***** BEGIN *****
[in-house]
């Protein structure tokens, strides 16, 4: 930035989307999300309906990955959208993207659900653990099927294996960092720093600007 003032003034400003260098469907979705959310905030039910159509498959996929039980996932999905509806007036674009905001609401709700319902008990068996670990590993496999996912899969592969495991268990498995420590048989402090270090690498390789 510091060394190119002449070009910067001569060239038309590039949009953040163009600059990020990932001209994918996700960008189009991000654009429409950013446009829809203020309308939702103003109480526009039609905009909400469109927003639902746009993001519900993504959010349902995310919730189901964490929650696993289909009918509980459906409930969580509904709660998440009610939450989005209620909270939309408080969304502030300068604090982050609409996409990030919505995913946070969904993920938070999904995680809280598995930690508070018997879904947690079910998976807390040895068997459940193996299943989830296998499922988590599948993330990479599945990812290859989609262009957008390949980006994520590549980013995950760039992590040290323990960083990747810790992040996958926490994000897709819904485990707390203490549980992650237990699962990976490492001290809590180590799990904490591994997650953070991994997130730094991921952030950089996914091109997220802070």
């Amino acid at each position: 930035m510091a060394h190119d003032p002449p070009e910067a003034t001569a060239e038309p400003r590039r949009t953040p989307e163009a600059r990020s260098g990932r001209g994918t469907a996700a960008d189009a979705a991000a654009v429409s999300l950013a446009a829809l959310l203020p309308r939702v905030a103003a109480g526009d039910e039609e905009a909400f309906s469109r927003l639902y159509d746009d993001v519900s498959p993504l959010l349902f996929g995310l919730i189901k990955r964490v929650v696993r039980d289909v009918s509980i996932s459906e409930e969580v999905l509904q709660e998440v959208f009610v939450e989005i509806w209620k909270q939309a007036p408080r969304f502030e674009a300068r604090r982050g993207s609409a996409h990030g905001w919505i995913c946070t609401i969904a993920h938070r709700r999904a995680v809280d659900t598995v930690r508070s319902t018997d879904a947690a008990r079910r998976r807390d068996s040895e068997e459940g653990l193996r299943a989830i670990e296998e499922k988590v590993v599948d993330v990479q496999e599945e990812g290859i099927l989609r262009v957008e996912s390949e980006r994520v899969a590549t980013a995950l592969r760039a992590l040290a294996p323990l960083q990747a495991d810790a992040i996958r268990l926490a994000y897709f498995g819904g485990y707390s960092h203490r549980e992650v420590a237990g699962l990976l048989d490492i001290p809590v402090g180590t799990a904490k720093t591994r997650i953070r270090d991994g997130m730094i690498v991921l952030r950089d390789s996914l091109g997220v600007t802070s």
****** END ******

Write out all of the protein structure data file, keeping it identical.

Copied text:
[in-house]
């Protein structure tokens, strides 16, 4: 930035989307999300309906990955959208993207659900653990099927294996960092720093600007 003032003034400003260098469907979705959310905030039910159509498959996929039980996932999905509806007036674009905001609401709700319902008990068996670990590993496999996912899969592969495991268990498995420590048989402090270090690498390789 510091060394190119002449070009910067001569060239038309590039949009953040163009600059990020990932001209994918996700960008189009991000654009429409950013446009829809203020309308939702103003109480526009039609905009909400469109927003639902746009993001519900993504959010349902995310919730189901964490929650696993289909009918509980459906409930969580509904709660998440009610939450989005209620909270939309408080969304502030300068604090982050609409996409990030919505995913946070969904993920938070999904995680809280598995930690508070018997879904947690079910998976807390040895068997459940193996299943989830296998499922988590599948993330990479599945990812290859989609262009957008390949980006994520590549980013995950760039992590040290323990960083990747810790992040996958926490994000897709819904485990707390203490549980992650237990699962990976490492001290809590180590799990904490591994997650953070991994997130730094991921952030950089996914091109997220802070």
């Amino acid at each position: 930035m510091a060394h190119d003032p002449p070009e910067a003034t001569a060239e038309p400003r590039r949009t953040p989307e163009a600059r990020s260098g990932r001209g994918t469907a996700a960008d189009a979705a991000a654009v429409s999300l950013a446009a829809l959310l203020p309308r939702v905030a103003a109480g526009d039910e039609e905009a909400f309906s469109r927003l639902y159509d746009d993001v519900s498959p993504l959010l349902f996929g995310l919730i189901k990955r964490v929650v696993r039980d289909v009918s509980i996932s459906e409930e969580v999905l509904q709660e998440v959208f009610v939450e989005i509806w209620k909270q939309a007036p408080r969304f502030e674009a300068r604090r982050g993207s609409a996409h990030g905001w919505i995913c946070t609401i969904a993920h938070r709700r999904a995680v809280d659900t598995v930690r508070s319902t018997d879904a947690a008990r079910r998976r807390d068996s040895e068997e459940g653990l193996r299943a989830i670990e296998e499922k988590v590993v599948d993330v990479q496999e599945e990812g290859i099927l989609r262009v957008e996912s390949e980006r994520v899969a590549t980013a995950l592969r760039a992590l040290a294996p323990l960083q990747a495991d810790a992040i996958r268990l926490a994000y897709f498995g819904g485990y707390s960092h203490r549980e992650v420590a237990g699962l990976l048989d490492i001290p809590v402090g180590t799990a904490k720093t591994r997650i953070r270090d991994g997130m730094i690498v991921l952030r950089d390789s996914l091109g997220v600007t802070s």